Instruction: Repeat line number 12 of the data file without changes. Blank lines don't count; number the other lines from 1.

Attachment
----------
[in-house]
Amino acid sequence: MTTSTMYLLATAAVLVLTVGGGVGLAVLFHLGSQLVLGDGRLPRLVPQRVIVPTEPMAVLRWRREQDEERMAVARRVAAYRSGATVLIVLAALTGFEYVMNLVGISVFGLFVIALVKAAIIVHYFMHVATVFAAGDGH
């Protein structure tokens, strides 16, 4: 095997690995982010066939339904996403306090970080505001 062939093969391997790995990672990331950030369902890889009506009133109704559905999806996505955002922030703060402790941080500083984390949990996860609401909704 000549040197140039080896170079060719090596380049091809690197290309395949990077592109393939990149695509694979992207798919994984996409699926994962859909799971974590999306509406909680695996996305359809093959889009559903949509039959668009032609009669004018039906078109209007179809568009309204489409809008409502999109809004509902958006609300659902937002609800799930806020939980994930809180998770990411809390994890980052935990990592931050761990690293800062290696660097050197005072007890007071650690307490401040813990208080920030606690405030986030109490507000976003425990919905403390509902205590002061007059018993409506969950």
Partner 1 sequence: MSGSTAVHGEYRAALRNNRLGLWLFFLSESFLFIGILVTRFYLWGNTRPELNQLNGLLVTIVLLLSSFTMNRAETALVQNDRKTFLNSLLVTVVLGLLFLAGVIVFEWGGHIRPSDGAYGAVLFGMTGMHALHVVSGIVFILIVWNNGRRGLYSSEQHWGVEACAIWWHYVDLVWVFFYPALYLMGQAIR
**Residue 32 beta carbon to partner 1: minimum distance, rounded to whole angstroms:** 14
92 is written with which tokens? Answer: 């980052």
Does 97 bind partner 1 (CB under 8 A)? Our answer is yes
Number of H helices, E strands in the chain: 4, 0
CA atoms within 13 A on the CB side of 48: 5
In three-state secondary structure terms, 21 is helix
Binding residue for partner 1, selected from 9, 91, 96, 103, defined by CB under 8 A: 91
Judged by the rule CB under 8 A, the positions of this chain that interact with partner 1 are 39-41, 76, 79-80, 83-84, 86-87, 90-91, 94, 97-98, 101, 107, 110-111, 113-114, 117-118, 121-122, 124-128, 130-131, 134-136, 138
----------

Judged by the rule CB under 8 A, the positions of this chain that interact with partner 1 are 39-41, 76, 79-80, 83-84, 86-87, 90-91, 94, 97-98, 101, 107, 110-111, 113-114, 117-118, 121-122, 124-128, 130-131, 134-136, 138